Leading Banks Declared Intention of Chasing Property Finance market
The news that another major South African commercial bank, following a significant rise in profits has committed itself to working for an increased share of the home mortgage market and that they will, in particular, be targeting first time home buyers and the affordable sector is very welcome and encouraging, says Tony Clarke, MD of Rawson Properties.
"The real estate industry," said Clarke, "has been canvassing South African banks for some 18 months to up their involvement in home finance. It is gratifying, therefore, to see that they are now ready to do so."
The fundamental flaw in the banks' approach thus far, said Clarke, has been that they tended to judge the market on a short term 12 month basis. With home loans, this, he said, makes absolutely no sense because in the majority of cases they will run for anything up to 20 years.
"Typically," he said, "homes in South Africa change owners every five to seven years. Anyone assessing the potential returns on this market has, therefore, to understand the long term cycles to which property values almost invariably conform - and the figures here have historically always been satisfactory. The latest FNB Property Barometer, for example, shows that since 2000, in nominal terms, South African home prices have risen 235% - a highly satisfactory appreciation by any standards."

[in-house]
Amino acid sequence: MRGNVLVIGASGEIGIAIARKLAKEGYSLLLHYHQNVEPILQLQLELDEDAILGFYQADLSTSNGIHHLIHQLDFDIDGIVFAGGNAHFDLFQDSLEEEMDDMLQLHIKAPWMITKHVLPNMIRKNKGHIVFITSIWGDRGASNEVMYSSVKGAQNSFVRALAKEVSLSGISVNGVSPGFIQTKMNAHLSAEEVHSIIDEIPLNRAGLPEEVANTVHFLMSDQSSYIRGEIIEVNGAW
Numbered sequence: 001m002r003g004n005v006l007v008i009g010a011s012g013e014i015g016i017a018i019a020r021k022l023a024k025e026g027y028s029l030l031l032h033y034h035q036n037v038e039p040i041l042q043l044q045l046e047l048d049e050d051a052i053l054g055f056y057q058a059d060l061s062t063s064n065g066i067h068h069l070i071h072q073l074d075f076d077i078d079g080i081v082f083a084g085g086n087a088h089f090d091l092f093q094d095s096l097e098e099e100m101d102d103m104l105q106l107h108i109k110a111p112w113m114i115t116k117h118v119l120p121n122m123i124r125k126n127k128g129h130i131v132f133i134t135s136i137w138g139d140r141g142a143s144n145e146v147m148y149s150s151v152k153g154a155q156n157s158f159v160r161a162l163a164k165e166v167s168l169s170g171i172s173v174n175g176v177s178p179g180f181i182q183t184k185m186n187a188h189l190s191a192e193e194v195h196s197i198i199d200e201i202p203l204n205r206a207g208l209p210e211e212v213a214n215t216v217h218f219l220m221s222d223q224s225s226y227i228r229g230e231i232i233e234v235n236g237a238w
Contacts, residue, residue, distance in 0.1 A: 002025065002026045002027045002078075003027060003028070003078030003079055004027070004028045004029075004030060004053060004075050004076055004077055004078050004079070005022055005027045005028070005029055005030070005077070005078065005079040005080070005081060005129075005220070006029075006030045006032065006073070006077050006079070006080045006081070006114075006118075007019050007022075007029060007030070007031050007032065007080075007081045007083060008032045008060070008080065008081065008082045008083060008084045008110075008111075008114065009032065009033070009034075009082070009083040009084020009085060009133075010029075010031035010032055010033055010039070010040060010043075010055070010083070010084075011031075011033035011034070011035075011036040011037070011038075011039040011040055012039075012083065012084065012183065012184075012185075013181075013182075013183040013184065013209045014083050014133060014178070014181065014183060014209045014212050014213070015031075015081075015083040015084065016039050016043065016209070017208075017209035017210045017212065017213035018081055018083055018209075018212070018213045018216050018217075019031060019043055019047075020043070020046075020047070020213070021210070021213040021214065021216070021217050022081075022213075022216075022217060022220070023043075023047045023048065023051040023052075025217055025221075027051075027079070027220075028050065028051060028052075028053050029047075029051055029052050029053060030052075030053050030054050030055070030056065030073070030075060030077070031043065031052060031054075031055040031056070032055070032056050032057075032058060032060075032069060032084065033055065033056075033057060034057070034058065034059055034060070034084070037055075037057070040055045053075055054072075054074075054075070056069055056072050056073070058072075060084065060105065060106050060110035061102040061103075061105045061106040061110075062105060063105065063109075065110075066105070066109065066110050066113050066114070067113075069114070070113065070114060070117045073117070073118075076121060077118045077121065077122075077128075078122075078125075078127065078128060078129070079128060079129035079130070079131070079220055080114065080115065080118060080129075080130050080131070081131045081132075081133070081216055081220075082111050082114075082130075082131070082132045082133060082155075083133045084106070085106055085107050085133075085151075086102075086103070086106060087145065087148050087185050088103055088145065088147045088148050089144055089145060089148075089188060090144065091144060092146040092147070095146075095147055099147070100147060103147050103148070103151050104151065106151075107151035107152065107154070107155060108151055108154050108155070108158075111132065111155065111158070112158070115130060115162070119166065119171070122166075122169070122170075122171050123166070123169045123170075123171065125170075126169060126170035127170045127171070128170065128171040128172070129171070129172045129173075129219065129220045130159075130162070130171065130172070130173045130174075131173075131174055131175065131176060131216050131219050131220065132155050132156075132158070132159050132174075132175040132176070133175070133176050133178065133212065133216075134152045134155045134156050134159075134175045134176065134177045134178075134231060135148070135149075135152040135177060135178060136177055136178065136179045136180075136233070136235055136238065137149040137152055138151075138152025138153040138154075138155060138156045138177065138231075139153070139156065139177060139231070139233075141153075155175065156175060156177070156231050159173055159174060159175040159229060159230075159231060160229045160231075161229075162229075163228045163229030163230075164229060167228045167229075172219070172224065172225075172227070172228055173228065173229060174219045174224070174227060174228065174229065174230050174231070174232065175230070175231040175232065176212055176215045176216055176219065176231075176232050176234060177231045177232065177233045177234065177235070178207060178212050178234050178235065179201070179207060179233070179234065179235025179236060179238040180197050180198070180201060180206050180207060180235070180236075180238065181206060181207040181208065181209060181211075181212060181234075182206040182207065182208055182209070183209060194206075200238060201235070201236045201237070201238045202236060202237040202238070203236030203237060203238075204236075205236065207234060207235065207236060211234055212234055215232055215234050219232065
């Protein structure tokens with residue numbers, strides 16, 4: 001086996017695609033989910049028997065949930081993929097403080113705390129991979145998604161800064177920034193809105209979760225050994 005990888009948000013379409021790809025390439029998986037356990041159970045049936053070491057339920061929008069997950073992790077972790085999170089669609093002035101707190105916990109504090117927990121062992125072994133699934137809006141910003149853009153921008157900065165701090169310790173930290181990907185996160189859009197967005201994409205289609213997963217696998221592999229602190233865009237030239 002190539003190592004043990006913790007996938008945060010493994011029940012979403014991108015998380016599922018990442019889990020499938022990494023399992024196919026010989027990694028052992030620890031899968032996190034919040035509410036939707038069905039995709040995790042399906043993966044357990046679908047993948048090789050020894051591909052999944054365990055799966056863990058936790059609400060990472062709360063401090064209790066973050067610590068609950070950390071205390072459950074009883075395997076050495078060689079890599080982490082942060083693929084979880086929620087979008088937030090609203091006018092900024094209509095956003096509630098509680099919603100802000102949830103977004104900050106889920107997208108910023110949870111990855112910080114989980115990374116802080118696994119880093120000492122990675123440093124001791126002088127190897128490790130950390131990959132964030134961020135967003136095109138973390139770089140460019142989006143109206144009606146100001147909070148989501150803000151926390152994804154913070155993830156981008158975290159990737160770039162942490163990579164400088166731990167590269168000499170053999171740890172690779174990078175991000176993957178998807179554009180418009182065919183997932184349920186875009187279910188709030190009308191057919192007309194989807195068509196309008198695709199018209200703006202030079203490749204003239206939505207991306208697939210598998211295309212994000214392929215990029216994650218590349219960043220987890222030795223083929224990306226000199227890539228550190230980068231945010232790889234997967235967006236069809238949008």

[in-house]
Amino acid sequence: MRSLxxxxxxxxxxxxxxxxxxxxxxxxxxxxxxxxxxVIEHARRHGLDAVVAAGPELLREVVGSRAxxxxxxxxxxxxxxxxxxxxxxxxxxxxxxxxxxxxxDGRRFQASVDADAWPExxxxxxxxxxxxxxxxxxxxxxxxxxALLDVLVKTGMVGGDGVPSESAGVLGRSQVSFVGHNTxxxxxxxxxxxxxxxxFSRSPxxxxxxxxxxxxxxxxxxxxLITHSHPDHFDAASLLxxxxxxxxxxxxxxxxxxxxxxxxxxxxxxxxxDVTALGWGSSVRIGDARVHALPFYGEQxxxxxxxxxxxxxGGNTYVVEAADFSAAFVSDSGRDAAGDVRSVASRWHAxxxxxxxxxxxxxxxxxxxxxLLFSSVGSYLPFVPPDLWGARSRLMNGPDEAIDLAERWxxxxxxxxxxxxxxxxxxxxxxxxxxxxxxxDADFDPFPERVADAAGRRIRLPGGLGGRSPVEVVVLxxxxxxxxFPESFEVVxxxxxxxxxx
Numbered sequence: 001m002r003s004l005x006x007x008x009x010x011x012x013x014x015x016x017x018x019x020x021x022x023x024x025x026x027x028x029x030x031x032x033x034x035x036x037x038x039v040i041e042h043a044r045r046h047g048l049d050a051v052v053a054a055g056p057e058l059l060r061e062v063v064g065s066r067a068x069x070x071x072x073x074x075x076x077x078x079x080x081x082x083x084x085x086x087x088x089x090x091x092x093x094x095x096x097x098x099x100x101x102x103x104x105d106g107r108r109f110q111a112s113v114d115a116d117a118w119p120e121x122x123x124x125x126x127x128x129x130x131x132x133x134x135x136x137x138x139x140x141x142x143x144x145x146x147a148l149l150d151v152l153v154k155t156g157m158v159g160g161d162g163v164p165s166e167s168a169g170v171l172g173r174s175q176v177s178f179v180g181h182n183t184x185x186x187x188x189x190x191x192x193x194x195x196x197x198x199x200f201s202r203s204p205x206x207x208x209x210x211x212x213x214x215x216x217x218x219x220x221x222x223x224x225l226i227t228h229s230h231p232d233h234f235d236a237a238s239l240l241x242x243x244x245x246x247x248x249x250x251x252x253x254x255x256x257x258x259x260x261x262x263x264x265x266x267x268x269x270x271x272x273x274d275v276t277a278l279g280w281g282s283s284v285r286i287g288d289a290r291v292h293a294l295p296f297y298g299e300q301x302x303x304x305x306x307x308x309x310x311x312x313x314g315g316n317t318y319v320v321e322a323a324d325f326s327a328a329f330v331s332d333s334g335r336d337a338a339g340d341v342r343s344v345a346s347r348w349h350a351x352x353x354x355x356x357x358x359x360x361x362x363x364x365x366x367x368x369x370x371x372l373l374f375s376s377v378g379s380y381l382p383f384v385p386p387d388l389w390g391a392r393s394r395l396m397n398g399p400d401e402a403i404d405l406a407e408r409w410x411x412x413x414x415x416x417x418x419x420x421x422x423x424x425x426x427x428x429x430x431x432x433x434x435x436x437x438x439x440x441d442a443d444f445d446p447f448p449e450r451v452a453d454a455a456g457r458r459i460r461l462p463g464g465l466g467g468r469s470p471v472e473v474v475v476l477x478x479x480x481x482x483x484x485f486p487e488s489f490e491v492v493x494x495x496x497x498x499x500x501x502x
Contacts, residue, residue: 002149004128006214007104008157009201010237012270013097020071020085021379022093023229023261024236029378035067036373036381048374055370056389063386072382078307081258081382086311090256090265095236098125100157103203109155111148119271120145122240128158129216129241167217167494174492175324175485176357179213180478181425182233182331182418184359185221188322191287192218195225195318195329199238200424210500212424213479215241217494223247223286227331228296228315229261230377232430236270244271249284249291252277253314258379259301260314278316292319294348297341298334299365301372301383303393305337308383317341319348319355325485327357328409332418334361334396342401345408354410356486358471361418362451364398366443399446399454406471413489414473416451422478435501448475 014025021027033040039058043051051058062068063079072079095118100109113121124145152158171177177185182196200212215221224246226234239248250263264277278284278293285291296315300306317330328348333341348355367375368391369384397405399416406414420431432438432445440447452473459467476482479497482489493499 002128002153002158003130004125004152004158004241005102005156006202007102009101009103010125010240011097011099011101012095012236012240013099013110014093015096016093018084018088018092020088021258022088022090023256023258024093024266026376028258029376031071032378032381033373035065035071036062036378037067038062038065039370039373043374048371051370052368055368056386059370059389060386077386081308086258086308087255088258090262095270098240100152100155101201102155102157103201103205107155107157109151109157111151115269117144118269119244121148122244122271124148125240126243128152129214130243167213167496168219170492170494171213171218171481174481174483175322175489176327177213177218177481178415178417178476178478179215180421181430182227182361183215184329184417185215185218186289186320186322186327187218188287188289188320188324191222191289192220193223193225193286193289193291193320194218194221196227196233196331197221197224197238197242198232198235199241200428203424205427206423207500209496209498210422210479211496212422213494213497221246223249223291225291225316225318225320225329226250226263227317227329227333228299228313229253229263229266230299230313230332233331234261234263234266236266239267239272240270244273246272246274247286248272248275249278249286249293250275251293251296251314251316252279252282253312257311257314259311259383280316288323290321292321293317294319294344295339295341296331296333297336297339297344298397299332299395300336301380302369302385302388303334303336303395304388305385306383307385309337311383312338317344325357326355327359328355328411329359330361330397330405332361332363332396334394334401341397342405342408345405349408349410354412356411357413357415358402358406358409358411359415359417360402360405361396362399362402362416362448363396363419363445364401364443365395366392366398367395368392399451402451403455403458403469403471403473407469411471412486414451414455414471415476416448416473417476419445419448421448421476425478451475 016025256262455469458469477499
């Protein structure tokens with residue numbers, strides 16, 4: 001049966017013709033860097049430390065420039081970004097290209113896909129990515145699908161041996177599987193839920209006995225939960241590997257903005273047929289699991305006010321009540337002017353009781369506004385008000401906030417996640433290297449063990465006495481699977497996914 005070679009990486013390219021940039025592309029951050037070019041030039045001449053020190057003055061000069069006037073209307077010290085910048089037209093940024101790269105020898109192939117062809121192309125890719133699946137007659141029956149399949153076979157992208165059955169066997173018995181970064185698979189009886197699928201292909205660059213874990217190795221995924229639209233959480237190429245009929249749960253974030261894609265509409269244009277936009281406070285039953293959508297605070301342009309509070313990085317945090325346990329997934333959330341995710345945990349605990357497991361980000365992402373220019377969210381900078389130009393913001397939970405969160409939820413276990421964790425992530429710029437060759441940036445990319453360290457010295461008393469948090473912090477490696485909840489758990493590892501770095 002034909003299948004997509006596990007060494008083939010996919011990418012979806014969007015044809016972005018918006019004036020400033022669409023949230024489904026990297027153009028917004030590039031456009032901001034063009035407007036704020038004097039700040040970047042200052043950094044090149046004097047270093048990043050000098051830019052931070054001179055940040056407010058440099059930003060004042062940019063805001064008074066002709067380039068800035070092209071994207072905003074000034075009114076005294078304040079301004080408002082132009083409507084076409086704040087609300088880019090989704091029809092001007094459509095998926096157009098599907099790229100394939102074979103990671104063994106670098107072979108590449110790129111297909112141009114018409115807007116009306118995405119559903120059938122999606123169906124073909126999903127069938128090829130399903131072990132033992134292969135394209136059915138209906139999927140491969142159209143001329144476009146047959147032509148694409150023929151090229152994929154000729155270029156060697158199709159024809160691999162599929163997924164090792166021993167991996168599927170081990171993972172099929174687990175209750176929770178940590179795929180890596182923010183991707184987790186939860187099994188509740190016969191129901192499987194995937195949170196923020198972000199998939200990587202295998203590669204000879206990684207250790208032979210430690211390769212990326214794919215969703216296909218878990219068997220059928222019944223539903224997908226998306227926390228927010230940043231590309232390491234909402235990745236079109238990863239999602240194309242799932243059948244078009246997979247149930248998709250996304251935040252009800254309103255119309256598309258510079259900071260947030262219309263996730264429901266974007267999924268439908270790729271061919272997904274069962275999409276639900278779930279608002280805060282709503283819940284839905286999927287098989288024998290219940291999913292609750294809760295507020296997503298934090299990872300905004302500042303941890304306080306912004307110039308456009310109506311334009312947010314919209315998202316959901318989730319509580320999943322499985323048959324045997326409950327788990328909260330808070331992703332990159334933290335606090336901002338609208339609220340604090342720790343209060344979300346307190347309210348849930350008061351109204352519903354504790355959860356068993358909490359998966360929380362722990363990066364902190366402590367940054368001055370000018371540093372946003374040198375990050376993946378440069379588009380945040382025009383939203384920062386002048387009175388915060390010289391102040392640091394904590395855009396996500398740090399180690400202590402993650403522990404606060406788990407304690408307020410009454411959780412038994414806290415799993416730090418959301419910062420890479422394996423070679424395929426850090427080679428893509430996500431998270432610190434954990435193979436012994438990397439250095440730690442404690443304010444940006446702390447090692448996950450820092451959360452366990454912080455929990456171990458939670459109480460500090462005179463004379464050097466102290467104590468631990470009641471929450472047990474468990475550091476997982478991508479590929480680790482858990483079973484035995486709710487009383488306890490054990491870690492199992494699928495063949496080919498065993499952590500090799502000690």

Right now in South Africa any institution contemplating increasing its involvement in home finance could, said Clarke, find excellent reasons for optimism as the long-awaited first green shoots of growth are now clearly evident. In particular, he said, the banks should by now have registered that a 9% year-on-year average house price growth was recorded by FNB in April this year. They should also, he said, have become aware that buyer confidence in property has increased steadily since it became evident that interest rates were unlikely to rise drastically in the near future.
Until recently, said Clarke, the entire home finance sector has been held back by the banks' reluctance to take the size of the purchaser's equity in the property into account. Instead, he said, they have for the last two years made their assessments almost entirely on salary earnings - even share returns were in many cases completely ignored. This, he said, had led to the 'ridiculous' situation where a buyer could put down a 50% deposit - and still find himself unable to get a bond.
Now, said Clarke, the banks have indicated that they will take a broader view and factor in not only the client's monthly earnings but also the size of the equity at the outset that he puts into the property purchase.
"The latest higher prices (the average South African house price is now up to R876,000) and the recent steady growth in these prices," said Clarke, "should however, not lead sellers to think that they can once again achieve 2007/2008 prices. That happy state of affairs has not yet materialized. Bargain hunters are still active in the market and are frequently able to get distressed or repossessed properties at 30% to 40% off their previous market values. It could be another 12 months before the housing market is once again on an even keel. This is, therefore, a good time to buy, but not a good time to start raising sale price expectancy."
Press release by Rawson